To preface this: Since January 2022, I have lived in a tiny village (~1200 people total) in a rural part of Vermont. Up ‘til then, I’d lived either in large metro areas or near them. This is significant, because in places like Indianapolis, you don’t get a whole lot of people just owning farm animals in their backyards. I mean, maybe a chicken or two, but that’s about it.
Then I bought a house in rural Vermont. I live down the street from a pasture where a local dairy farm grazes their cows. My neighbor’s chickens regularly roam free and into my yard (this doesn’t bother me, but my other neighbors seem peeved by it). I know the owners of a local beef farm, because they have a stall at the farmer’s market and I buy from them regularly.
But yesterday might actually have given me the single funniest, “this only happens in a rural farm town” story I’ve personally witnessed.
It starts at 8:30 in the morning. My weekend alarm goes off, but since I was up until 4 with revenge procrastination, I turn it off and roll over to go back to sleep. Typical Saturday morning in my house.
Until my cat, a big, chaos-craving orange by the name of Smudge, starts meowing in a way I’ve never heard him do before. I literally fly out of bed, because judging from the sound he’s making, I think he’s having a seizure or some major gastrointestinal issue, and I will need to rush him to the emergency vet. Before I can Superman myself down the stairs, though, Smudge trots up the stairs, calm and happy as you please, meowing at the top of his lungs. And then he rubs up against my legs, because of course he does. “Hi Mom! I just made noises that only a dying cat in deepest agony should make! How’s your morning so far?”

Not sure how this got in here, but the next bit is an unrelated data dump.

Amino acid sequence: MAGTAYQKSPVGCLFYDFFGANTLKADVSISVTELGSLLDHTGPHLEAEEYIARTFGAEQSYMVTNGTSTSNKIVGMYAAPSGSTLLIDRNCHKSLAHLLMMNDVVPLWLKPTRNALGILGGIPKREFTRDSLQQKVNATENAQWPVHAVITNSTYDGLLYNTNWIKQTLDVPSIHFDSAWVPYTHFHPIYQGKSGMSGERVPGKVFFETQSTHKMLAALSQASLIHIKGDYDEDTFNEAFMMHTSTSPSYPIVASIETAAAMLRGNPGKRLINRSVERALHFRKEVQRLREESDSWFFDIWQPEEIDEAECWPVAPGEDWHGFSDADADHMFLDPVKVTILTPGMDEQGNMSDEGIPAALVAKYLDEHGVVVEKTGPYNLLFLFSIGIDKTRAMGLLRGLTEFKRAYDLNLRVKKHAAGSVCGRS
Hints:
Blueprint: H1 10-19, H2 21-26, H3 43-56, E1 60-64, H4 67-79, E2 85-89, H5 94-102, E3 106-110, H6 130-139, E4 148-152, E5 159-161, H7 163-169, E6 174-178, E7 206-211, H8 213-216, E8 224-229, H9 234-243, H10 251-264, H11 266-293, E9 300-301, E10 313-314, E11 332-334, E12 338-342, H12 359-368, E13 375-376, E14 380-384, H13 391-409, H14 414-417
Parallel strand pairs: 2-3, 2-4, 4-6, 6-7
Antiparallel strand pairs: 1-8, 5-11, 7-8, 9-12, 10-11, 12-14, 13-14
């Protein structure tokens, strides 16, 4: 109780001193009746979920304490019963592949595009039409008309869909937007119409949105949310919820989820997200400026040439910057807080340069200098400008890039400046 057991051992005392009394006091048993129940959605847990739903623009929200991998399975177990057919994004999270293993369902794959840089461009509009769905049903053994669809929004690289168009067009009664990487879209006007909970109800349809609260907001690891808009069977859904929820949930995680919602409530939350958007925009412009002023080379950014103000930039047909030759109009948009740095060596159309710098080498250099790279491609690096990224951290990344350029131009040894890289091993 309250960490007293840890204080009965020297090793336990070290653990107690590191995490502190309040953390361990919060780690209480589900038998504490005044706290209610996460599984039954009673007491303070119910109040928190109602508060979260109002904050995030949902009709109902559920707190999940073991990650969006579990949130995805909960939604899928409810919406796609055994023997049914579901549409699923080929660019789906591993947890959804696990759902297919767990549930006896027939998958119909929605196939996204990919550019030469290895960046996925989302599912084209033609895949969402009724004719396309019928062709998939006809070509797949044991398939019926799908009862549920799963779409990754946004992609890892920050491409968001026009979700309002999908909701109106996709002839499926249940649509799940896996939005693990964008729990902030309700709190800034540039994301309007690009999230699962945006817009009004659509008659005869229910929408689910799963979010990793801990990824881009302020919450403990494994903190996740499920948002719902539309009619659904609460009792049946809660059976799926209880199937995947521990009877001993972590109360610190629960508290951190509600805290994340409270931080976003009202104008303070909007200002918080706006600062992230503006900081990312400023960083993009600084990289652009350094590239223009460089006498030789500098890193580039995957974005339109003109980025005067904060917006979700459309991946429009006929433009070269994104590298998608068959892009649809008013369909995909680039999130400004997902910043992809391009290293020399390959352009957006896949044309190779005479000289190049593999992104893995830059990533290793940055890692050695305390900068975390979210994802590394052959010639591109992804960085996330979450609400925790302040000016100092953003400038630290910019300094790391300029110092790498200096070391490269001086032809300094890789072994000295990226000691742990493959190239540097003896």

So I do the Cat Mom check-up (feeling his nose, which is both cold and wet, checking his gums, and gently pressing on his stomach to make sure he’s not in pain), and seeing that he’s perfectly fine, try to bring my heart rate back to normal and say, “Don’t do that, you idiot, you scared me half to death!” Realizing that I will not be able to go back to sleep, I decide to just go downstairs, make a pot of coffee, and get the day started.
Smudge continues to meow at the top of this lungs, which is irritating when he hasn’t just scared at least ten years off my life (to be blunt about it, Smudge has a meow loud and shrill enough to peel paint off the wall), and runs between the front window in the living room and the back window in the mud/laundry room. For over an hour. Until he sees me start to make breakfast, at which point, he jumps up on one of my dining chairs, curls up, and falls asleep. Because cat. (Also, he knows that if I’m walking around in the kitchen, I’m usually getting ready to eat; since he can’t sit on my lap while I’m eating, he likes to sit in the chair next to me.)
Now, remember how I said my neighbor’s chickens occasionally wander into my yard? This is what Smudge does when he sees them. Because he’s a cat and they’re birds, and he’s never been close enough to a chicken to realize just how big they are. So I figure that he’s seen the chickens and is angry that I won’t let him out to chase them, and don’t think too much about it.